Time: 120 Minutes
Age Rating: Offensive language
Ben Affleck as Tony Mendez
Bryan Cranston as Jack O’Donnell
Alan Arkin as Lester Siegel
John Goodman as John Chambers
Director: Ben Affleck
An exfiltration specialist (Ben Affleck) masquerades as a Hollywood producer in order to rescue six Americans who are held captive in Tehran during the US hostage crisis in Iran.
Oscar Winning Argo received a lot of acclaim when it was released back in 2012, even winning Best Picture in 2013. As it was, I really liked it, it was a very well made historical thriller. I had seen Argo a couple of times, but that was some years ago, and I wanted to check it out again. Having seen it again, my opinion has stayed pretty much the same since the last time, great on a writing, directing and acting level.
A large part of what made Argo work greatly was the writing by Chris Terrio, which was very strong, the dialogue is particularly well written, witty, and even surprisingly funny at points. It also balanced the tone rather well, it could have comic moments but it could easily transition to tense and thrilling moments with ease, especially in the second half. Outside of some tense sequences early on, although I was still interested, there were parts in the first act that were a little slow for me and didn’t really have me completely invested. After the first act however, it really picks up, especially once Ben Affleck’s character arrives in Iran. The second half of the movie is where it shines the most, especially with the tense third act. Argo is also tightly written, with almost all the scenes all being relevant to the main plot and doesn’t spend a lot of time on subplots (there’s just a small one with Affleck’s character and his family mainly in the first half), so there’s never a moment wasted. With that said, with so many characters in this movie, it would’ve been nice for some of them to have been developed a little more than they were here. Now there are for sure some inaccuracies in this movie, mainly to make the movie more dramatic and to raise the tension, especially when it came to the last act (and admittedly it was a little overblown at points). However, it’s pretty typical when it comes to movies like this, and it didn’t bother me too much.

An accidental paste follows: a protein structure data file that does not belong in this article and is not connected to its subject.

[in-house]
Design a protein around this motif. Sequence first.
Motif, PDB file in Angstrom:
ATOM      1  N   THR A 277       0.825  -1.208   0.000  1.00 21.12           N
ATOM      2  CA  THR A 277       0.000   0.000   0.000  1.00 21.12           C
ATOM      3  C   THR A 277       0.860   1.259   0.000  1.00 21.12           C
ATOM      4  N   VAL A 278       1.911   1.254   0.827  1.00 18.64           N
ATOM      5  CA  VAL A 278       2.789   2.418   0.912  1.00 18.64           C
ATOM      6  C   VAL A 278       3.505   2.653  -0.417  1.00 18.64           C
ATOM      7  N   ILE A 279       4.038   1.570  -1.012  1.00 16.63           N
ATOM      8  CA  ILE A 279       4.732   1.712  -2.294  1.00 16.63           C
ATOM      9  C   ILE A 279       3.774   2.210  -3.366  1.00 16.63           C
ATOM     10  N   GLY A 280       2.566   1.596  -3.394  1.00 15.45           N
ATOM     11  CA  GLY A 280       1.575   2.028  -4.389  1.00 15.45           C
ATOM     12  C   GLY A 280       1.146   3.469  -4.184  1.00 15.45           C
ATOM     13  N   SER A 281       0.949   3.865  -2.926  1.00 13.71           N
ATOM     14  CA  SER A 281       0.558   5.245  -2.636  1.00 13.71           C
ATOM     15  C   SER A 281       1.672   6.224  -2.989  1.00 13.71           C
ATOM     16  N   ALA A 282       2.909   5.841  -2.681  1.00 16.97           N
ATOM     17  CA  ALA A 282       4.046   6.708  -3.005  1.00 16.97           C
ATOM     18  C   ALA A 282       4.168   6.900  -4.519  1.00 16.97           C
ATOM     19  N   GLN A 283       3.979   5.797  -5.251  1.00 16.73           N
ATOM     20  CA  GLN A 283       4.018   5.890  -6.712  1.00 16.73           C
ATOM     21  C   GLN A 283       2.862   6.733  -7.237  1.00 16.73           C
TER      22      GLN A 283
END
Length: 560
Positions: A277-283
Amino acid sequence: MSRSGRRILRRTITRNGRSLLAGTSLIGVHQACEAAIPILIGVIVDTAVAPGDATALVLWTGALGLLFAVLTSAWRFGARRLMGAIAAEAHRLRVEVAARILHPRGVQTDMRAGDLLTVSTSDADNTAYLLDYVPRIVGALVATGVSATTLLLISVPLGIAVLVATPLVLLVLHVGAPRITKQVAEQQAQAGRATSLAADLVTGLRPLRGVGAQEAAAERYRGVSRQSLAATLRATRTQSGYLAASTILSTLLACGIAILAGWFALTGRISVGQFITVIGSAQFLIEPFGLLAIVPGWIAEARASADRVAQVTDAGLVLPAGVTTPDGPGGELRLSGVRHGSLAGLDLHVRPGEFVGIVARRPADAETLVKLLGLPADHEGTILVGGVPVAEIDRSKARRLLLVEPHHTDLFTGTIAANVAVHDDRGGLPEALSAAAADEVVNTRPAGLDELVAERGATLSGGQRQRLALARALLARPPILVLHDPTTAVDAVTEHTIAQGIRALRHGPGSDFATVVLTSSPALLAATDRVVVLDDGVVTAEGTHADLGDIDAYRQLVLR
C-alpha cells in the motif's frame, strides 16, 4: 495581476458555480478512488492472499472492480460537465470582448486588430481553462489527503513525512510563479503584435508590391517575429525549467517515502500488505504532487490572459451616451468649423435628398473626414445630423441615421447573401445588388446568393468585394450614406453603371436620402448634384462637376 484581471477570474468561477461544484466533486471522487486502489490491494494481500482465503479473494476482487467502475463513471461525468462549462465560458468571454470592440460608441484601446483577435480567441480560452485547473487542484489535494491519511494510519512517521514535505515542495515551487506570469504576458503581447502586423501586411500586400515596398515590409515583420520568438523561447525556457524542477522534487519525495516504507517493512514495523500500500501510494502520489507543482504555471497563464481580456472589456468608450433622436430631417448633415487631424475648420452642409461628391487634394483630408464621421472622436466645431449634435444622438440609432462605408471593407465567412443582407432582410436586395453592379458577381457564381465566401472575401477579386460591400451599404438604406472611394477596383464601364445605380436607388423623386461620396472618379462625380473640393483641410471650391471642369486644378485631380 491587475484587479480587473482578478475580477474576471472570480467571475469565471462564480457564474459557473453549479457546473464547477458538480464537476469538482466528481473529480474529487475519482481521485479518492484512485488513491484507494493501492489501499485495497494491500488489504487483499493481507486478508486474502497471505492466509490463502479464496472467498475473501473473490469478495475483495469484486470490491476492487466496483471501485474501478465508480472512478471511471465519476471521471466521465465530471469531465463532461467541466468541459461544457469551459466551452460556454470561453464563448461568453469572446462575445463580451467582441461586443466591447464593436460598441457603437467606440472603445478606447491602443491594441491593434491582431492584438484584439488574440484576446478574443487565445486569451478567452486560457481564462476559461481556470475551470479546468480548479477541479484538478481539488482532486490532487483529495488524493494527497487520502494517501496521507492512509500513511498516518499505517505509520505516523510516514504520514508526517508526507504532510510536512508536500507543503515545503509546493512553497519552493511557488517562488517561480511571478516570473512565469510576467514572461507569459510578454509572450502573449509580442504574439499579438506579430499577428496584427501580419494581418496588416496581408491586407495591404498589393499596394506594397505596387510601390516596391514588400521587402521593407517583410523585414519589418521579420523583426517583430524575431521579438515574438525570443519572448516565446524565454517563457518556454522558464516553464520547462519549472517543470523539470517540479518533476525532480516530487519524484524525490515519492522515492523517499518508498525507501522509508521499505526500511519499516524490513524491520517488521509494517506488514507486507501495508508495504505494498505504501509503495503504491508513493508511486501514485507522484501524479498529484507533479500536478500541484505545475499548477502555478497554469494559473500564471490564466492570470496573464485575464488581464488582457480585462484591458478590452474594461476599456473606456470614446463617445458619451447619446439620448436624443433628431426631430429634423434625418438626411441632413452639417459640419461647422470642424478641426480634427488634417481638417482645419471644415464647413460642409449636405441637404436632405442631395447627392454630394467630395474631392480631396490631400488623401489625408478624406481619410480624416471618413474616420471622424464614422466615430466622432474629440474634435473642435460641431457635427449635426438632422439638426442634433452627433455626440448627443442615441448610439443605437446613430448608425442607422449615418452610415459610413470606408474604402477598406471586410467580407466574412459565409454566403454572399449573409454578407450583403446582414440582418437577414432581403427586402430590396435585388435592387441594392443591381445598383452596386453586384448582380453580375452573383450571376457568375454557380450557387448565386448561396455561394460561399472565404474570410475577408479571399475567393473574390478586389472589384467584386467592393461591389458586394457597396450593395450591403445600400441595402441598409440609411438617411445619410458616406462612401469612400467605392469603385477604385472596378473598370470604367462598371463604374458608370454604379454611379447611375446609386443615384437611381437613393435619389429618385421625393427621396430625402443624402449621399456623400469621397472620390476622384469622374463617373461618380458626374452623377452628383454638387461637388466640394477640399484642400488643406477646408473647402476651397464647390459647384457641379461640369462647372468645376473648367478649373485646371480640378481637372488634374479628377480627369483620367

The ensemble cast are great, and they all worked together well. Ben Affleck is in the very clear lead role, and while I probably wouldn’t call it his best acting work, it’s up there and he is quite good. It’s quite a subdued and believable performance, and there’s enough depth given to his character. The supporting cast with the likes of Bryan Cranston, Alan Arkin, John Goodman, work greatly, the latter two particularly shining. Other members of the cast like Scoot McNairy, Victor Garber and Kyle Chandler also do their parts, no matter how big or small their roles are. I should also mention that although there are some A list actors headlining this movie, the use of character actors really worked effectively.
Argo is Ben Affleck’s third directed movie, and he has definitely shown to be a capable filmmaker, and his directing talents had been improving with every film that he makes. Whereas his previous movies Gone Baby Gone and The Town took place in a single city, Argo is on a much larger scale, and Affleck pulled it off very well. The cinematography and editing are top notch, the film is great on a technical level. There are also some very tense sequences that are effective. Even the style was reminiscent of the late 70s (Argo even opening with the old Warner Bros. label), and there was clearly a lot of effort to make everything fit the aesthetics of that era to feel authentic, from the costumes, the sets, etc.
Argo is a well made thriller, written and directed excellently, and starring an ensemble cast who work together well, and a great film overall. It’s not without its slight faults, but not enough to take away from the rest of the movie, and it is definitely worth watching if you haven’t seen it already.